Science Magazine  September 13, 2019 When PLOS ONE debuted in 2006, it became the world’s largest journal, publishing more than 30,000 papers at its height in 2013 and spawning more than a dozen imitators. From 2013 to 2018, PLOS ONE’s output fell by 44%. Growth in new megajournals has not offset the declines. In 2018, PLOS ONE, Scientific Reports, and 11 smaller megajournals collectively published about 3% of the global papers total. Driving the fall in output is a decline in submissions, they have lost have their appeal of rapid publication and as publishing volumes have declined, so have megajournals’ […]

With little training, machine-learning algorithms can uncover hidden scientific knowledge

Science Daily  July 3, 2019 A team of researchers in the US (Lawrence Berkeley National Laboratory, UC Berkeley) fed 3.3 million abstracts from papers on materials science published in more than 1,000 journals between 1922 and 2018 into an algorithm called Word2vec. The algorithm took each of the approximately 500,000 distinct words in those abstracts and turned each into a 200-dimensional vector, or an array of 200 numbers, and predicted discoveries of new thermoelectric materials years in advance and suggested as-yet unknown materials as candidates for thermoelectric materials. The research suggests that latent knowledge regarding future discoveries is to a […]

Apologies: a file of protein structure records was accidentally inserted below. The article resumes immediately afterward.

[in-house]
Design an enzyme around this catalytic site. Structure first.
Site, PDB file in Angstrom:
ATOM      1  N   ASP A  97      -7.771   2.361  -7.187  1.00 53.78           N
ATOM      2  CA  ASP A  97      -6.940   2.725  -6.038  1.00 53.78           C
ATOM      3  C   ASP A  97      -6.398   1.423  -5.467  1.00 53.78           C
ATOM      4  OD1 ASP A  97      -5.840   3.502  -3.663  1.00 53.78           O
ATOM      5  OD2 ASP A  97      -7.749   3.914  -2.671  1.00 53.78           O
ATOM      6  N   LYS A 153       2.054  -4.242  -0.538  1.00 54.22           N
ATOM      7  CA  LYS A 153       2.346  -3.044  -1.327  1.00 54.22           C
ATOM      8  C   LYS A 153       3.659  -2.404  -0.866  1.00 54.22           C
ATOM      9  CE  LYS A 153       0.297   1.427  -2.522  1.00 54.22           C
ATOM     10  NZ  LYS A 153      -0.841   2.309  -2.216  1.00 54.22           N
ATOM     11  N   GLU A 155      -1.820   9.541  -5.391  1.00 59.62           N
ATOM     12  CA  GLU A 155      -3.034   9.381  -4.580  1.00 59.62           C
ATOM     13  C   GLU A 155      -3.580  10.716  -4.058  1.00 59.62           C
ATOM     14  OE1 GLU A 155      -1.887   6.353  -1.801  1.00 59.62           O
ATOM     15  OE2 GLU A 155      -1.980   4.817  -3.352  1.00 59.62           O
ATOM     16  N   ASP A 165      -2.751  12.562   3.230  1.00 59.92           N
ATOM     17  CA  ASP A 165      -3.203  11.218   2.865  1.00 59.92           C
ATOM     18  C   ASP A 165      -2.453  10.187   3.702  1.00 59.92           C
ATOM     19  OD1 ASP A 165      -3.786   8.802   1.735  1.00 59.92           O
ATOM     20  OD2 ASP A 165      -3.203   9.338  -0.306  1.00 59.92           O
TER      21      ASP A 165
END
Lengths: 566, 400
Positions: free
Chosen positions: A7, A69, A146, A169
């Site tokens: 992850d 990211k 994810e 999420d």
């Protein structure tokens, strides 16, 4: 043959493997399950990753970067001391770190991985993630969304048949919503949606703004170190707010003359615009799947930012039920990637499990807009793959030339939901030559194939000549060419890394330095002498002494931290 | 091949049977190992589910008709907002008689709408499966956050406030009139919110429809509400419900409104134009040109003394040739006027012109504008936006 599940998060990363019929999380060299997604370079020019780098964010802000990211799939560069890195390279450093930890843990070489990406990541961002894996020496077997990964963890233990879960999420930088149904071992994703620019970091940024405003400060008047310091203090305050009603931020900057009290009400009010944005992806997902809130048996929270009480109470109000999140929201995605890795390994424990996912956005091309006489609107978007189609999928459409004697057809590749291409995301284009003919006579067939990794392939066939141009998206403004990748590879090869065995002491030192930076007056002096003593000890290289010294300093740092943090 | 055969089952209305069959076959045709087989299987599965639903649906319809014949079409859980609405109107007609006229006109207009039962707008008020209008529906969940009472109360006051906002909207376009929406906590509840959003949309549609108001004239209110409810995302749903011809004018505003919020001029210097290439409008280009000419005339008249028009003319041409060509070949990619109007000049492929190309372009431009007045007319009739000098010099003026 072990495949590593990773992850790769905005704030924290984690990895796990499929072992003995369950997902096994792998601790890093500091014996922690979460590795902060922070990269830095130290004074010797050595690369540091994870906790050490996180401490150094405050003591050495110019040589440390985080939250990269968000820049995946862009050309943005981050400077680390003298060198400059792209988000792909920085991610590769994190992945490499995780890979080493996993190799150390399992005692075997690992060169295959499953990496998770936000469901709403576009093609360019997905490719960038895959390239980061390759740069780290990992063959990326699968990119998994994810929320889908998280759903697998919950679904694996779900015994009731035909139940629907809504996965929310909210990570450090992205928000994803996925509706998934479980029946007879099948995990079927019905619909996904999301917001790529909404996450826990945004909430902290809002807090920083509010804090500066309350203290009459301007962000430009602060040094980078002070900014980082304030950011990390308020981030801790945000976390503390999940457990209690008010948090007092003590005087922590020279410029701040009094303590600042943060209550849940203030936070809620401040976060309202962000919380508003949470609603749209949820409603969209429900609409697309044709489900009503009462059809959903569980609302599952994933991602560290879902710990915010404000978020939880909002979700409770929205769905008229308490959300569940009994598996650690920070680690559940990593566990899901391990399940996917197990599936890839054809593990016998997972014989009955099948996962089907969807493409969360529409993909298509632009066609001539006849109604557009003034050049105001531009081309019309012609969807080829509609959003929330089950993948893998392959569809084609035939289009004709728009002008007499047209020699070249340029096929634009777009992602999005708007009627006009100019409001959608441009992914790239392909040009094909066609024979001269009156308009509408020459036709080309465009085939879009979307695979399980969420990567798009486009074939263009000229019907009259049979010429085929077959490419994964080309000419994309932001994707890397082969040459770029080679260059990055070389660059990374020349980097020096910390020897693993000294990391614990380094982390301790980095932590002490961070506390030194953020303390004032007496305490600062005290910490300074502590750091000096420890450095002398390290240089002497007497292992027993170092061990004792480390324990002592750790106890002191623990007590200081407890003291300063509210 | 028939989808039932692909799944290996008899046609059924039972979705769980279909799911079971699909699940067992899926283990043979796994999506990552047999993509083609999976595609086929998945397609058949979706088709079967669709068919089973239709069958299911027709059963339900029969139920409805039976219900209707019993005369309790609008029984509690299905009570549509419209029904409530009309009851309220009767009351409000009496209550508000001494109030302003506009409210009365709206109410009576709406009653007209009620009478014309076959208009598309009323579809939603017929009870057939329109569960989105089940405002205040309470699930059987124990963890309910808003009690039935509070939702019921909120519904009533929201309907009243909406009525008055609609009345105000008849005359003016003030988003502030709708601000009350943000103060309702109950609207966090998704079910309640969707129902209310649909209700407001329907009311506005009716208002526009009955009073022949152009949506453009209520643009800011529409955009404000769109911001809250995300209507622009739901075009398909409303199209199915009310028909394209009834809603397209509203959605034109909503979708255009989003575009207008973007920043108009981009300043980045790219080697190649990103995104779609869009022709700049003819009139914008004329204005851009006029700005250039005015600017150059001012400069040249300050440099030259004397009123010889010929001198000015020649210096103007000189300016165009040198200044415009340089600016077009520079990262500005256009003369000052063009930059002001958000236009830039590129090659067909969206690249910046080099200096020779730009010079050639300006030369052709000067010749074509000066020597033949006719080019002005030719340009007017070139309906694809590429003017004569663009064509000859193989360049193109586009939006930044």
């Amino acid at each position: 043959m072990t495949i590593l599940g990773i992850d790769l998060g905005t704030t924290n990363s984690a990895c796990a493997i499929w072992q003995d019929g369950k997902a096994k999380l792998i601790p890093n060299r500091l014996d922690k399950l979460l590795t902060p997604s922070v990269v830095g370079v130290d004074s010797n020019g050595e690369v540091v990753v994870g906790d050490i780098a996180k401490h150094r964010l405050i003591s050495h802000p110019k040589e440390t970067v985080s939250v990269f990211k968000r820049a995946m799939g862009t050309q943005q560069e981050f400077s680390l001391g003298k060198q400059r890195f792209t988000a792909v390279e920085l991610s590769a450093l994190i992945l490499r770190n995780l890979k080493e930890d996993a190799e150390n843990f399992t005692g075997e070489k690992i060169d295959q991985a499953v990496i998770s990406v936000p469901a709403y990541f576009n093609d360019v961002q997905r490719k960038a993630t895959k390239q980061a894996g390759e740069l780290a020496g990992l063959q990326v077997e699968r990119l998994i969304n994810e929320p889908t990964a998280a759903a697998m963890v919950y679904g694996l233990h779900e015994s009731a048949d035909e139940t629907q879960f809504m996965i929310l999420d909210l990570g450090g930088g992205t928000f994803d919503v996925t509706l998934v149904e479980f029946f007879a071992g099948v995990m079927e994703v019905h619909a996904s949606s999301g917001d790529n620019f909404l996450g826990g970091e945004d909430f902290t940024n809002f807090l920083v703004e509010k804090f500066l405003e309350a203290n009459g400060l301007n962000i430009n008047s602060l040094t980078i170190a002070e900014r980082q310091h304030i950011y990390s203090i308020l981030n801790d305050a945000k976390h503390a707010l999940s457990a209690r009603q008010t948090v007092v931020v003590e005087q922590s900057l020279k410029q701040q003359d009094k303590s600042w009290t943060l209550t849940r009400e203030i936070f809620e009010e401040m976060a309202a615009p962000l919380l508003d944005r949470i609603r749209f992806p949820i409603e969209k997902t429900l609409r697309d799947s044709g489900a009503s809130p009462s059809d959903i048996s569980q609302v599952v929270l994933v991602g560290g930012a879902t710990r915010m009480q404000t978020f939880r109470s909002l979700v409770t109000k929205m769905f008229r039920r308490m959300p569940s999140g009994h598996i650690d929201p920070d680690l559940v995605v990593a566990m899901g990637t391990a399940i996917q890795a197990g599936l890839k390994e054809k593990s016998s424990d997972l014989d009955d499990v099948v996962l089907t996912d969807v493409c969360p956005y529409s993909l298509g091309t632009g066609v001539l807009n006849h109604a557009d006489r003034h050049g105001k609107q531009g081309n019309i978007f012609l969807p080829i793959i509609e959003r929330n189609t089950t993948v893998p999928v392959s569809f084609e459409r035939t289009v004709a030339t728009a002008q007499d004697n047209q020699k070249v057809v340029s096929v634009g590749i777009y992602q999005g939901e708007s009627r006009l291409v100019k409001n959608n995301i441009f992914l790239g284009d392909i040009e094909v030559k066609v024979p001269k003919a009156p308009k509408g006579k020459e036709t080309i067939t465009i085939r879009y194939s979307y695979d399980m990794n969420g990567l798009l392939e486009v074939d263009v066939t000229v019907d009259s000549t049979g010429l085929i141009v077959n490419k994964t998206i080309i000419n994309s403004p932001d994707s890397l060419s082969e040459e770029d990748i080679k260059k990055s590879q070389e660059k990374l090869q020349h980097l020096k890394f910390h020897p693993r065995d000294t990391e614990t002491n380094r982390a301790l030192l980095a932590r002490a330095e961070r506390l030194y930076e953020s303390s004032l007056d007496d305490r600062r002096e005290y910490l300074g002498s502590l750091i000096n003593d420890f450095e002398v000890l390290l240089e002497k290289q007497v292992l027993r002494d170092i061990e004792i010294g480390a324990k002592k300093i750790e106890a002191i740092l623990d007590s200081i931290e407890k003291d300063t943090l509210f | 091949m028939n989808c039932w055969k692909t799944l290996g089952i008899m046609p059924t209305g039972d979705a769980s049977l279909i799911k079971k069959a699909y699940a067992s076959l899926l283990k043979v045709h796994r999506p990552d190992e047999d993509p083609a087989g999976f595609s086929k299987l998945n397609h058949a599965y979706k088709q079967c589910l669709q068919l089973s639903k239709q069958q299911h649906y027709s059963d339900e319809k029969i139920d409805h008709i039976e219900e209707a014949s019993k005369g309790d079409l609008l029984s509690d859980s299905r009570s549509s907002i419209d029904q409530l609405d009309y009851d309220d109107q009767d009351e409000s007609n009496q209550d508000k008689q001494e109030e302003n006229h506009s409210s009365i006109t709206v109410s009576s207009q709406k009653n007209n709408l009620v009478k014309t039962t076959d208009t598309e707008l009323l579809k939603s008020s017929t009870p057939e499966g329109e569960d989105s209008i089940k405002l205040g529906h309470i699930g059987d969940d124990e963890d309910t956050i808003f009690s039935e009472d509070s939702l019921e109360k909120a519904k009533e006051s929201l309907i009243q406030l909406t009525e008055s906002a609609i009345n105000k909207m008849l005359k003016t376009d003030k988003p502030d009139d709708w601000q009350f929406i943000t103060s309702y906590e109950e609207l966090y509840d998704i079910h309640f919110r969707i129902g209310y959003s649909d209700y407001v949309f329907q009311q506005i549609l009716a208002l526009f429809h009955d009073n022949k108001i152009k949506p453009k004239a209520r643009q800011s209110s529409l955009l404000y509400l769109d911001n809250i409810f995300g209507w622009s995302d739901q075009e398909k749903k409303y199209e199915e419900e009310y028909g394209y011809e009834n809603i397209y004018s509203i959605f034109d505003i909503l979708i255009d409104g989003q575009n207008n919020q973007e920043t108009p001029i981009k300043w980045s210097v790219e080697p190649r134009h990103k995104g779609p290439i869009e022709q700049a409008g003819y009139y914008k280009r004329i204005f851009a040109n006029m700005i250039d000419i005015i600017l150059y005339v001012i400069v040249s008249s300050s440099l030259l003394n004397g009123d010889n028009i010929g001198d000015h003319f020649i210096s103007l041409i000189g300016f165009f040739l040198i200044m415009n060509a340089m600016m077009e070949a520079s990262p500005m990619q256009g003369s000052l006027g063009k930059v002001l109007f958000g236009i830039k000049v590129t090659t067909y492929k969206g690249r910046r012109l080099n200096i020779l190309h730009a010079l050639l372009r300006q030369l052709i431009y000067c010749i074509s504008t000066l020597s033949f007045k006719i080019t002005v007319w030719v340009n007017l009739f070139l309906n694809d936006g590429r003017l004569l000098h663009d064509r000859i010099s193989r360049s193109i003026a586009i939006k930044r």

TechSight Snapshot Reports

While we are no longer providing contractor support to the Office of Net Technical Assessments (ONTA) of ASD(R&E) (now USDR&E), we are proud of the work we performed and are pleased to share some of the products that have been cleared for publicly release.  Over the course of several months in 2017, we helped ONTA develop several bibliometric reports on key emerging technologies using their TechSight system.  These TechSight Snapshot Reports were cleared for public release and sent to S&T News Bulletin readers and TechSight users on a monthly cycle.  After receiving multiple inquiries about where these can be found, we decided to […]

Scientists teach the neural network to carry out video facial recognition — using a single photo